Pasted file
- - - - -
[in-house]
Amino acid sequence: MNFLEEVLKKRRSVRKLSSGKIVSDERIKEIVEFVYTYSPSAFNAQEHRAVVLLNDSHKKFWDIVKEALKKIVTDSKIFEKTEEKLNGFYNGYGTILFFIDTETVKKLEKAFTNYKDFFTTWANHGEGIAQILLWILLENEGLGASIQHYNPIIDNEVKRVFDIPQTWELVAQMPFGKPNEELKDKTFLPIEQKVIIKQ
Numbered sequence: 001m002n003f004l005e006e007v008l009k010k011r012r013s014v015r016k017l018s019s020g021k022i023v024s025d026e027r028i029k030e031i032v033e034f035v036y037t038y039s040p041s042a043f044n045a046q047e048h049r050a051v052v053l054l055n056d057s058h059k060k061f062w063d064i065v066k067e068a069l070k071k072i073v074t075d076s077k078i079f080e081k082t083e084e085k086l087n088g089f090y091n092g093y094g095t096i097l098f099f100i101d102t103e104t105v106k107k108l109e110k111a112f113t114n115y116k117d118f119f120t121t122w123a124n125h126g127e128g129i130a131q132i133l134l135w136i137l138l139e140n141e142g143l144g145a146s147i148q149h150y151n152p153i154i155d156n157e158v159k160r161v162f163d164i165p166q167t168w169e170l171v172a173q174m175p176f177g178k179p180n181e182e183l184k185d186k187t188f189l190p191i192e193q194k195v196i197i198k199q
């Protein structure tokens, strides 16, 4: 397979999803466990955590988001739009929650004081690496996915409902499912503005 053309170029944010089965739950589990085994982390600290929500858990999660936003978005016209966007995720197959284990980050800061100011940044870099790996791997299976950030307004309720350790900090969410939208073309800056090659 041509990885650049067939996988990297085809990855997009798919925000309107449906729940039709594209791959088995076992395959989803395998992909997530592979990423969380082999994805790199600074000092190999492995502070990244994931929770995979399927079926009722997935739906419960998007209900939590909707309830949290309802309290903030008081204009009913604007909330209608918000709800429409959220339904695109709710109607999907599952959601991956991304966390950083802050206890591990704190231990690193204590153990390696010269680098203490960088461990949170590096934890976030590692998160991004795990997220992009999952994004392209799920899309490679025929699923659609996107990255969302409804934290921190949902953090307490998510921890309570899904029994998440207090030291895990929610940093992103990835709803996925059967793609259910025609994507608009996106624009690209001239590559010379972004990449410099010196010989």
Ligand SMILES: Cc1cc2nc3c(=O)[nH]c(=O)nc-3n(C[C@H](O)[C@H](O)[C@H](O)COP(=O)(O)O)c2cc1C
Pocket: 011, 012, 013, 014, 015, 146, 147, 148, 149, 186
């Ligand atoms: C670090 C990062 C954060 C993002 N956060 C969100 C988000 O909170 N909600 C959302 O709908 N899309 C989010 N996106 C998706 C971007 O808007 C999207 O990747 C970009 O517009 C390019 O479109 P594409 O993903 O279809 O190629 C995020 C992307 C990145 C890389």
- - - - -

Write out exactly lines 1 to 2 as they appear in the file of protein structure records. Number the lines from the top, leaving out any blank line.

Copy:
[in-house]
Amino acid sequence: MNFLEEVLKKRRSVRKLSSGKIVSDERIKEIVEFVYTYSPSAFNAQEHRAVVLLNDSHKKFWDIVKEALKKIVTDSKIFEKTEEKLNGFYNGYGTILFFIDTETVKKLEKAFTNYKDFFTTWANHGEGIAQILLWILLENEGLGASIQHYNPIIDNEVKRVFDIPQTWELVAQMPFGKPNEELKDKTFLPIEQKVIIKQ